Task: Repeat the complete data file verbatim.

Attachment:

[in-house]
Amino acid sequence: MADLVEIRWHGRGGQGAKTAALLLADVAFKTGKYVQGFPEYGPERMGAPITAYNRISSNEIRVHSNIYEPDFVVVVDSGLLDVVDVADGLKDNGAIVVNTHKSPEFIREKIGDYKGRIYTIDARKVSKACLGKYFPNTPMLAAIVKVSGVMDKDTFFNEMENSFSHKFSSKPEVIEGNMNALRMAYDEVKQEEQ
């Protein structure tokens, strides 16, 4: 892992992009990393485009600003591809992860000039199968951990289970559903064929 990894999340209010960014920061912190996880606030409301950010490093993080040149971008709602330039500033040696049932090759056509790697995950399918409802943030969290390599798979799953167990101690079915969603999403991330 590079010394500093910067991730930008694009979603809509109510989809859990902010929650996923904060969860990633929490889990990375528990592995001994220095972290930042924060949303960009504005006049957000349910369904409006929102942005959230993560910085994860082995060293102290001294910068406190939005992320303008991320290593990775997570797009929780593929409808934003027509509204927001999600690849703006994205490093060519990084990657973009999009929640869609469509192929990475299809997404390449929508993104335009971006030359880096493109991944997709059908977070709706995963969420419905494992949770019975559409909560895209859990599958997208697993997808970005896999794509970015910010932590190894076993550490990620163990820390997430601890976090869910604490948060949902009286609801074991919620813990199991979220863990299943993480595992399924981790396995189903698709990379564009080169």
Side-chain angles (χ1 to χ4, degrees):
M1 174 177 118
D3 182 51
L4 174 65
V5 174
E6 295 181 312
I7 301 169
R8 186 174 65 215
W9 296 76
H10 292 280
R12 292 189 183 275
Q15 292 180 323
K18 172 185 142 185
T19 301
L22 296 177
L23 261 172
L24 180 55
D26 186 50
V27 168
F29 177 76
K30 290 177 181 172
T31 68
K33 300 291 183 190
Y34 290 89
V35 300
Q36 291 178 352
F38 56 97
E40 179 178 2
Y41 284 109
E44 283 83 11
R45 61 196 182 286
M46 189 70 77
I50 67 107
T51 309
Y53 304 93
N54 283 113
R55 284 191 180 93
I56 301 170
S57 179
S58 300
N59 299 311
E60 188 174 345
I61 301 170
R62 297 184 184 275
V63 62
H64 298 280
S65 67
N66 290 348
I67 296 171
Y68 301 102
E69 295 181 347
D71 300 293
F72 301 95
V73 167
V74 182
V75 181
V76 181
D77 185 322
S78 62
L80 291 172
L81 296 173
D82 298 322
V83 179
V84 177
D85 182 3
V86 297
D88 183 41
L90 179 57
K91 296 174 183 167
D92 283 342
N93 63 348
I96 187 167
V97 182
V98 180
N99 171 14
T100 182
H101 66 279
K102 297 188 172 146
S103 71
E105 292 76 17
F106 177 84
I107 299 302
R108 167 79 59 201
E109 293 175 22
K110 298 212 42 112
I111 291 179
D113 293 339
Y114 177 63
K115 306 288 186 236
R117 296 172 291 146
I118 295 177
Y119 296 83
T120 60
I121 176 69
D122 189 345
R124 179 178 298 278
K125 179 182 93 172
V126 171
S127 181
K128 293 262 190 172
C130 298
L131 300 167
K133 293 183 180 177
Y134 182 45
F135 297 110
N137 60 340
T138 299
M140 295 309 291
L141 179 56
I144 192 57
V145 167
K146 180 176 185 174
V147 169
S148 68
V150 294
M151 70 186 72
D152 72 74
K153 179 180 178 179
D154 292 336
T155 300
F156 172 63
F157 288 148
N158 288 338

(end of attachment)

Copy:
[in-house]
Amino acid sequence: MADLVEIRWHGRGGQGAKTAALLLADVAFKTGKYVQGFPEYGPERMGAPITAYNRISSNEIRVHSNIYEPDFVVVVDSGLLDVVDVADGLKDNGAIVVNTHKSPEFIREKIGDYKGRIYTIDARKVSKACLGKYFPNTPMLAAIVKVSGVMDKDTFFNEMENSFSHKFSSKPEVIEGNMNALRMAYDEVKQEEQ
């Protein structure tokens, strides 16, 4: 892992992009990393485009600003591809992860000039199968951990289970559903064929 990894999340209010960014920061912190996880606030409301950010490093993080040149971008709602330039500033040696049932090759056509790697995950399918409802943030969290390599798979799953167990101690079915969603999403991330 590079010394500093910067991730930008694009979603809509109510989809859990902010929650996923904060969860990633929490889990990375528990592995001994220095972290930042924060949303960009504005006049957000349910369904409006929102942005959230993560910085994860082995060293102290001294910068406190939005992320303008991320290593990775997570797009929780593929409808934003027509509204927001999600690849703006994205490093060519990084990657973009999009929640869609469509192929990475299809997404390449929508993104335009971006030359880096493109991944997709059908977070709706995963969420419905494992949770019975559409909560895209859990599958997208697993997808970005896999794509970015910010932590190894076993550490990620163990820390997430601890976090869910604490948060949902009286609801074991919620813990199991979220863990299943993480595992399924981790396995189903698709990379564009080169």
Side-chain angles (χ1 to χ4, degrees):
M1 174 177 118
D3 182 51
L4 174 65
V5 174
E6 295 181 312
I7 301 169
R8 186 174 65 215
W9 296 76
H10 292 280
R12 292 189 183 275
Q15 292 180 323
K18 172 185 142 185
T19 301
L22 296 177
L23 261 172
L24 180 55
D26 186 50
V27 168
F29 177 76
K30 290 177 181 172
T31 68
K33 300 291 183 190
Y34 290 89
V35 300
Q36 291 178 352
F38 56 97
E40 179 178 2
Y41 284 109
E44 283 83 11
R45 61 196 182 286
M46 189 70 77
I50 67 107
T51 309
Y53 304 93
N54 283 113
R55 284 191 180 93
I56 301 170
S57 179
S58 300
N59 299 311
E60 188 174 345
I61 301 170
R62 297 184 184 275
V63 62
H64 298 280
S65 67
N66 290 348
I67 296 171
Y68 301 102
E69 295 181 347
D71 300 293
F72 301 95
V73 167
V74 182
V75 181
V76 181
D77 185 322
S78 62
L80 291 172
L81 296 173
D82 298 322
V83 179
V84 177
D85 182 3
V86 297
D88 183 41
L90 179 57
K91 296 174 183 167
D92 283 342
N93 63 348
I96 187 167
V97 182
V98 180
N99 171 14
T100 182
H101 66 279
K102 297 188 172 146
S103 71
E105 292 76 17
F106 177 84
I107 299 302
R108 167 79 59 201
E109 293 175 22
K110 298 212 42 112
I111 291 179
D113 293 339
Y114 177 63
K115 306 288 186 236
R117 296 172 291 146
I118 295 177
Y119 296 83
T120 60
I121 176 69
D122 189 345
R124 179 178 298 278
K125 179 182 93 172
V126 171
S127 181
K128 293 262 190 172
C130 298
L131 300 167
K133 293 183 180 177
Y134 182 45
F135 297 110
N137 60 340
T138 299
M140 295 309 291
L141 179 56
I144 192 57
V145 167
K146 180 176 185 174
V147 169
S148 68
V150 294
M151 70 186 72
D152 72 74
K153 179 180 178 179
D154 292 336
T155 300
F156 172 63
F157 288 148
N158 288 338